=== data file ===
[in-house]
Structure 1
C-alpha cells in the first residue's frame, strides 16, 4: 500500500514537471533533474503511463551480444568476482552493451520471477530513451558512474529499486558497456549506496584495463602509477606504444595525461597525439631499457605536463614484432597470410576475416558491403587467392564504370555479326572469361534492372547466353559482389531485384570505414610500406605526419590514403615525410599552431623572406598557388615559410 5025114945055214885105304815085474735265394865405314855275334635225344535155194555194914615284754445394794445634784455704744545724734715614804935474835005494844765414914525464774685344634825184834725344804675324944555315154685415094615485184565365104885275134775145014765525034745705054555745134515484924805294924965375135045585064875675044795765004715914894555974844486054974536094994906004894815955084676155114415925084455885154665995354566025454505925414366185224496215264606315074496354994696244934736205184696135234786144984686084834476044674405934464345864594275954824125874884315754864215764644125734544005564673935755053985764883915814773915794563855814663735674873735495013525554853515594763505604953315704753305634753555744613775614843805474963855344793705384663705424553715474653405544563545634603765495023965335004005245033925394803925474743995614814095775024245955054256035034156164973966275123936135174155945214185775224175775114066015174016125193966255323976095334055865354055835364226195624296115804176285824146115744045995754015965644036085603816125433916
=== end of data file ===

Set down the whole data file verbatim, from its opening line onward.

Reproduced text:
[in-house]
Structure 1
C-alpha cells in the first residue's frame, strides 16, 4: 500500500514537471533533474503511463551480444568476482552493451520471477530513451558512474529499486558497456549506496584495463602509477606504444595525461597525439631499457605536463614484432597470410576475416558491403587467392564504370555479326572469361534492372547466353559482389531485384570505414610500406605526419590514403615525410599552431623572406598557388615559410 5025114945055214885105304815085474735265394865405314855275334635225344535155194555194914615284754445394794445634784455704744545724734715614804935474835005494844765414914525464774685344634825184834725344804675324944555315154685415094615485184565365104885275134775145014765525034745705054555745134515484924805294924965375135045585064875675044795765004715914894555974844486054974536094994906004894815955084676155114415925084455885154665995354566025454505925414366185224496215264606315074496354994696244934736205184696135234786144984686084834476044674405934464345864594275954824125874884315754864215764644125734544005564673935755053985764883915814773915794563855814663735674873735495013525554853515594763505604953315704753305634753555744613775614843805474963855344793705384663705424553715474653405544563545634603765495023965335004005245033925394803925474743995614814095775024245955054256035034156164973966275123936135174155945214185775224175775114066015174016125193966255323976095334055865354055835364226195624296115804176285824146115744045995754015965644036085603816125433916